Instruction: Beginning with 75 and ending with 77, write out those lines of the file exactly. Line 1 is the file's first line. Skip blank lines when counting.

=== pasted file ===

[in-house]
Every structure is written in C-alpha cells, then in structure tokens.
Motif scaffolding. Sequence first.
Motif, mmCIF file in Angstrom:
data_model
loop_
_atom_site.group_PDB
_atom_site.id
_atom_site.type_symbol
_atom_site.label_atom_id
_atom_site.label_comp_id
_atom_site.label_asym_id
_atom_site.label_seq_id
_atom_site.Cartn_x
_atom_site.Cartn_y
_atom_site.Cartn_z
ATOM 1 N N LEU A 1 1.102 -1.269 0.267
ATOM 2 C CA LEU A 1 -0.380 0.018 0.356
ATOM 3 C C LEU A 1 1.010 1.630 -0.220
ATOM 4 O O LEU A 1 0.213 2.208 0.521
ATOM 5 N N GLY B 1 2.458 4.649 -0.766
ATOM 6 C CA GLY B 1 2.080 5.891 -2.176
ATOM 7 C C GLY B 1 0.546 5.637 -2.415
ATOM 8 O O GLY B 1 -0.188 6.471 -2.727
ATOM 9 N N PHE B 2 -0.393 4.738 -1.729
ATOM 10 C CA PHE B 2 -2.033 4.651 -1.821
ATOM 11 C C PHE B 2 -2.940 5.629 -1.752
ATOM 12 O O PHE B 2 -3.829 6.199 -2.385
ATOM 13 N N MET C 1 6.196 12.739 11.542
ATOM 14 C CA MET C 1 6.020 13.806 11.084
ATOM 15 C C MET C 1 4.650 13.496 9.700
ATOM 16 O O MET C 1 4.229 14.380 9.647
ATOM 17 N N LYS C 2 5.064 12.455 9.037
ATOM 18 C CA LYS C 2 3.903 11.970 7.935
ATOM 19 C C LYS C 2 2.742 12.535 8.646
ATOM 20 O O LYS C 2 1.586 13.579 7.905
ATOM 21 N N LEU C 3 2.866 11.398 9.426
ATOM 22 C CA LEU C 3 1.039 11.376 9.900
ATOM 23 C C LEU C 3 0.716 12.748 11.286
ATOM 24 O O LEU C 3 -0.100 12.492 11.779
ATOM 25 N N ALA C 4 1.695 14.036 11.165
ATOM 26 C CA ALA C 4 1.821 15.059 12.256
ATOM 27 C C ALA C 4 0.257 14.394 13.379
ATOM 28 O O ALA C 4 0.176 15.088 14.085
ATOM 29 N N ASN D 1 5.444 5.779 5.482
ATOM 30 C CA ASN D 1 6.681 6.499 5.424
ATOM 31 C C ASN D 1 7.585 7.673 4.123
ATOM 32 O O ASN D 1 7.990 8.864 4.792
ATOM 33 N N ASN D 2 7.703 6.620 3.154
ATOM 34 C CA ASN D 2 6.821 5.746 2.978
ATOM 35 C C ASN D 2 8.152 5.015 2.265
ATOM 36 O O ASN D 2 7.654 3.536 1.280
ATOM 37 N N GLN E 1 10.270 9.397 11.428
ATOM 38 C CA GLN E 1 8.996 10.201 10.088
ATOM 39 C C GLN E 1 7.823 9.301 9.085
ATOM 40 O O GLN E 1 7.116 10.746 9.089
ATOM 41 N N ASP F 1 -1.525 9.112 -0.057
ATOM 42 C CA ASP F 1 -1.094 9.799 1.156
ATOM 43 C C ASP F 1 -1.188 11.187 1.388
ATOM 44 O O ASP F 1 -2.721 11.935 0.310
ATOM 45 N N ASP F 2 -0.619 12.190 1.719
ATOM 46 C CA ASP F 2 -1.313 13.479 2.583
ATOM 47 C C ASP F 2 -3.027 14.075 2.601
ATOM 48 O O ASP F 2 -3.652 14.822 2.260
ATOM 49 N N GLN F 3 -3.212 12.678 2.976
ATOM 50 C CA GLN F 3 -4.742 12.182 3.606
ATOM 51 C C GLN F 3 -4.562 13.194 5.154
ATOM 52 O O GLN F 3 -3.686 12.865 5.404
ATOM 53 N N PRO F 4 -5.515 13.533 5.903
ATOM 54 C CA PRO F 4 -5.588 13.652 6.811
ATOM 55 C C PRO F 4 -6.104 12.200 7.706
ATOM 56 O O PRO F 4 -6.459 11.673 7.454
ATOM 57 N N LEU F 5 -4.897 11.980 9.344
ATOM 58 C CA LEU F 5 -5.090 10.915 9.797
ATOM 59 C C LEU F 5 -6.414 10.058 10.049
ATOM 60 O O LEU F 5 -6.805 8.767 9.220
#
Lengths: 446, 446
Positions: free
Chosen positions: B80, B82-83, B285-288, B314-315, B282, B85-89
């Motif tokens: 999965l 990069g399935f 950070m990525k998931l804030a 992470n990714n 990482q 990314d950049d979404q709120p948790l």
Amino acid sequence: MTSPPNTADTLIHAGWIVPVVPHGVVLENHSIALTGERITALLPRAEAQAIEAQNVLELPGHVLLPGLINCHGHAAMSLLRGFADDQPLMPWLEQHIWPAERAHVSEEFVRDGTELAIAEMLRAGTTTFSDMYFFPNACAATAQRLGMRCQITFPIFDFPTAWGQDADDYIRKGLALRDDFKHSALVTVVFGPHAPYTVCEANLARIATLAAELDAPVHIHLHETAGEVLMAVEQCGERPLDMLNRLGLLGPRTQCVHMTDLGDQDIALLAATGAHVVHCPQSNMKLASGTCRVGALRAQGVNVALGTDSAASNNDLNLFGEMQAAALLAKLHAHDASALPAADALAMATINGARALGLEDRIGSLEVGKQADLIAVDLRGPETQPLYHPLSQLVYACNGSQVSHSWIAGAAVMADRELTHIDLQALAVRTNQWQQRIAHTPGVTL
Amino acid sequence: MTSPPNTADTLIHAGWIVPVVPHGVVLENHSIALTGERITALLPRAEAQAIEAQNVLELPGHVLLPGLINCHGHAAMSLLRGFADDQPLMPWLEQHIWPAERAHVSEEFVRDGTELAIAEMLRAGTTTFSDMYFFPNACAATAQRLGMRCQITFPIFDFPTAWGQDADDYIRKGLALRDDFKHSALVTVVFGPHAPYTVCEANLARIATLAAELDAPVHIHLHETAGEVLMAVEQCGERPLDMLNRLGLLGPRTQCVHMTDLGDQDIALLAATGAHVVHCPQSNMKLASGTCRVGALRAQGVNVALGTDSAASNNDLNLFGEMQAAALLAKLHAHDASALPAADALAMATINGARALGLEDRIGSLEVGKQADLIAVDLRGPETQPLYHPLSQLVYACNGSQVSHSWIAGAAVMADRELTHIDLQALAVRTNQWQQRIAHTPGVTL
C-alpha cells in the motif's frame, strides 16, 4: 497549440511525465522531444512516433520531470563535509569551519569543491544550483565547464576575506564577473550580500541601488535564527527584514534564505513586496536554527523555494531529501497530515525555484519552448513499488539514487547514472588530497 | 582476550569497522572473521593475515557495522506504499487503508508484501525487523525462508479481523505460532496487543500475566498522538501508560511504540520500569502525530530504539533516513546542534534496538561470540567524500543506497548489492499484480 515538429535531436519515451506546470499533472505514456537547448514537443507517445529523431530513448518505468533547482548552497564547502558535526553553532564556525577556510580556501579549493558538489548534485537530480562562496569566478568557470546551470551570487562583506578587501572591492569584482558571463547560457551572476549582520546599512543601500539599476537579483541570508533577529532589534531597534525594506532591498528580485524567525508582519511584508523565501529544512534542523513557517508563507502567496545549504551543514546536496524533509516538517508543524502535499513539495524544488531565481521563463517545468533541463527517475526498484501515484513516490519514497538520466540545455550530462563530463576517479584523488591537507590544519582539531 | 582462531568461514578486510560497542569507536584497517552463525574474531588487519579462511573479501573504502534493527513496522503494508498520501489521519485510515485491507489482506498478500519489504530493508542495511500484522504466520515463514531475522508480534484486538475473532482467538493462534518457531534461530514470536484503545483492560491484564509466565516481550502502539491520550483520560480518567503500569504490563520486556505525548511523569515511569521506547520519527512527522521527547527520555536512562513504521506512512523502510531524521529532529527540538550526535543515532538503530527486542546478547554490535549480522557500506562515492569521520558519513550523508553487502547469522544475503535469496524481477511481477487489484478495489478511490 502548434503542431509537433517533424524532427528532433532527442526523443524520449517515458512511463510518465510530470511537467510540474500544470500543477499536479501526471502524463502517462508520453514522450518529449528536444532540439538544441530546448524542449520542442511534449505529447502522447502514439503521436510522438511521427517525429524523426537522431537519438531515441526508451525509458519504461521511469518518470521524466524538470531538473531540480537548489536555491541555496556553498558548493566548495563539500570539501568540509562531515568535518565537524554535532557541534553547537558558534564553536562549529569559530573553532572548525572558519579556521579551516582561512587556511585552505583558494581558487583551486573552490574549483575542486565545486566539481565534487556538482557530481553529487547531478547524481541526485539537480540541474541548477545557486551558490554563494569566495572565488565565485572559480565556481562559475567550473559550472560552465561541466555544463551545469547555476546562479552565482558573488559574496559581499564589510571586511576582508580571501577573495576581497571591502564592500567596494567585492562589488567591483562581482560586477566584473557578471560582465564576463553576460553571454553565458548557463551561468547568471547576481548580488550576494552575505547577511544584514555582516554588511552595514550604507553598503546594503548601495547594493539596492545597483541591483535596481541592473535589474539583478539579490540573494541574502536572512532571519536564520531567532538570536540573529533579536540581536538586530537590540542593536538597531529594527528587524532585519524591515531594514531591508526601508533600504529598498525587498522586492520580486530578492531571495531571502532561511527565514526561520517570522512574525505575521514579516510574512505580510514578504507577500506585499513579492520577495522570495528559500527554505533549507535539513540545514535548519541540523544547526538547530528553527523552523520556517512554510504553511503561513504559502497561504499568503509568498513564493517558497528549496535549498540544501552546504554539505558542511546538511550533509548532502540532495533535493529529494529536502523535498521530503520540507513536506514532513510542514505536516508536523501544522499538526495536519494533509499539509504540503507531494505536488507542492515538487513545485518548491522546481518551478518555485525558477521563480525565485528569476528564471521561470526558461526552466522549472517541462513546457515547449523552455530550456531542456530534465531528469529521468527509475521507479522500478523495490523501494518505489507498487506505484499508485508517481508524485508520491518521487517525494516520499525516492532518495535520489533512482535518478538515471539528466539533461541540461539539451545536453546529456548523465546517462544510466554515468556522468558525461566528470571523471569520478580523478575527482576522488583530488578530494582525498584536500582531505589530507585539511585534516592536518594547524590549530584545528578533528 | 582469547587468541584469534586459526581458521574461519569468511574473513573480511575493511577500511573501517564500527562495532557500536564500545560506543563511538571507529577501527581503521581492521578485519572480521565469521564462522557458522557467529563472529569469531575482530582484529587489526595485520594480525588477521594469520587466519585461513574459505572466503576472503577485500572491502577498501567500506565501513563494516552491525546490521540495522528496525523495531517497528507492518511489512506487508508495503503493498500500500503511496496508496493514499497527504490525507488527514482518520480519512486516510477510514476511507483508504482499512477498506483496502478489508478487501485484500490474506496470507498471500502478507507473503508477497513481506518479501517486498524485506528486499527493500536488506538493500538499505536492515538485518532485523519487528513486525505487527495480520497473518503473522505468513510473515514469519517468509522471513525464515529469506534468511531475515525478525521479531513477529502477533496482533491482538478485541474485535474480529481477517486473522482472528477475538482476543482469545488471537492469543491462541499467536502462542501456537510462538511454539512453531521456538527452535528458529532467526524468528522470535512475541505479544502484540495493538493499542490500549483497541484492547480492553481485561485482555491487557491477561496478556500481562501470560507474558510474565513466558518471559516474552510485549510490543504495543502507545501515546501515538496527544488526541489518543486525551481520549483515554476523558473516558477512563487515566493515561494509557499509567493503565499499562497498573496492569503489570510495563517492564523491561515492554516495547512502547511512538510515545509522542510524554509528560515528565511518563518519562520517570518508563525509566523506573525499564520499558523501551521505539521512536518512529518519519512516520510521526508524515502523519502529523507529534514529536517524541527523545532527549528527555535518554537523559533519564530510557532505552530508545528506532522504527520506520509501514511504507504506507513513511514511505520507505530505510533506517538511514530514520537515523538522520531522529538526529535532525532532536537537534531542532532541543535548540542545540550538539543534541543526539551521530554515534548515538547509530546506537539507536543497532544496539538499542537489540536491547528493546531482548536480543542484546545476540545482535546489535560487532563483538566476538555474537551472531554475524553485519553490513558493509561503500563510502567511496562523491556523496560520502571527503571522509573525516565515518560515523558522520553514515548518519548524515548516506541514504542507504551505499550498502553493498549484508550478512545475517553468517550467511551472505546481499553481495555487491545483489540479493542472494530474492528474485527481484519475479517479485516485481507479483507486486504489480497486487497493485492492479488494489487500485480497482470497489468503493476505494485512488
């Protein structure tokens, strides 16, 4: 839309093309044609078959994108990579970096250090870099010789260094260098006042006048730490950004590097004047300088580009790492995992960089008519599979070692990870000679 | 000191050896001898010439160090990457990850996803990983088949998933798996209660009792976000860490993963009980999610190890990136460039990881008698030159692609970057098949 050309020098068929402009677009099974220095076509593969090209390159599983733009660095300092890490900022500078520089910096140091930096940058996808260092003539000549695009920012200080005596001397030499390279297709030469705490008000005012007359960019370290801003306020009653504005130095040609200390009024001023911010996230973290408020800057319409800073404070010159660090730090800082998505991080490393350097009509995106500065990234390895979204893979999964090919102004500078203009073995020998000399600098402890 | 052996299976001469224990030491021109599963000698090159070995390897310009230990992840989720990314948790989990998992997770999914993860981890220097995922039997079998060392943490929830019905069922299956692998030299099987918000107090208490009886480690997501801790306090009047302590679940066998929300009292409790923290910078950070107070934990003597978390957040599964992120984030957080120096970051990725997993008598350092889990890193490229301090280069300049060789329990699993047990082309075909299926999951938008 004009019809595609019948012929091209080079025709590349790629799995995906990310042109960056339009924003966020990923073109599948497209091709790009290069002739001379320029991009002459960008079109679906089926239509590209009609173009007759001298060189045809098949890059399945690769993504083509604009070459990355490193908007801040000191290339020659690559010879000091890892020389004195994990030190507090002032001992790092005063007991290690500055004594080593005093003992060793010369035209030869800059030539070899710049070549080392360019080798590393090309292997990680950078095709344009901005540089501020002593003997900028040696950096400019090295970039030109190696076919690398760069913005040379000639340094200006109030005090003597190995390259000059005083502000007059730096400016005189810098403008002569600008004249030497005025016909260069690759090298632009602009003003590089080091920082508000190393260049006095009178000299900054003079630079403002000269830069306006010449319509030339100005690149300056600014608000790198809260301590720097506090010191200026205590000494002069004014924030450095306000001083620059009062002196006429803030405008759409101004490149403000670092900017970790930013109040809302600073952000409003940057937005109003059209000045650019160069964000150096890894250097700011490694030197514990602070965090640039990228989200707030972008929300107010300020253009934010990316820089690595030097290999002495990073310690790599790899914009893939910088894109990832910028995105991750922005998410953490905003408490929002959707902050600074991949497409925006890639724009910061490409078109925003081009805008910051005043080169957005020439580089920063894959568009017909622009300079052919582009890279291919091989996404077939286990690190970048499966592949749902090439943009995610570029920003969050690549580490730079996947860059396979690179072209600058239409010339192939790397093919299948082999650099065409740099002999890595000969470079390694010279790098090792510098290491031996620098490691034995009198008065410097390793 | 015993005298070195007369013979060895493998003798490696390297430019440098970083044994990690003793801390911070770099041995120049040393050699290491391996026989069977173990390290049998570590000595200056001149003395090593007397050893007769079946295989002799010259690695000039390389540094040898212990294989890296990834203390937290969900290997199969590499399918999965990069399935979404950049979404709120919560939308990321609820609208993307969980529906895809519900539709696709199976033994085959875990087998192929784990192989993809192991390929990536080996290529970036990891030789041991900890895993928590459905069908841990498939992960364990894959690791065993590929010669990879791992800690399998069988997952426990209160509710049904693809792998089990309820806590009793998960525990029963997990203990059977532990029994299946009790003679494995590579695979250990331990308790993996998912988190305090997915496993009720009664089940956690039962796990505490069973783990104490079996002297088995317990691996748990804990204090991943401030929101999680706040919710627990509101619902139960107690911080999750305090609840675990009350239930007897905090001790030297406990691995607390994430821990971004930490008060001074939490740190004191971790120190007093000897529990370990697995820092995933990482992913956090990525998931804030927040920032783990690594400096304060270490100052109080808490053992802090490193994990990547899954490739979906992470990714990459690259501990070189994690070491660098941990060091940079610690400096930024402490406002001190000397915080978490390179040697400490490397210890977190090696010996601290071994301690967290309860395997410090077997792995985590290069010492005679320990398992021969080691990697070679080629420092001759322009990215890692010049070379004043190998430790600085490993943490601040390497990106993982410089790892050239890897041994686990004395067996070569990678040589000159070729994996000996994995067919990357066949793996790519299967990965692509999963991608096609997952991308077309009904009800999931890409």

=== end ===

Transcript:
ATOM 59 C C LEU F 5 -6.414 10.058 10.049
ATOM 60 O O LEU F 5 -6.805 8.767 9.220
#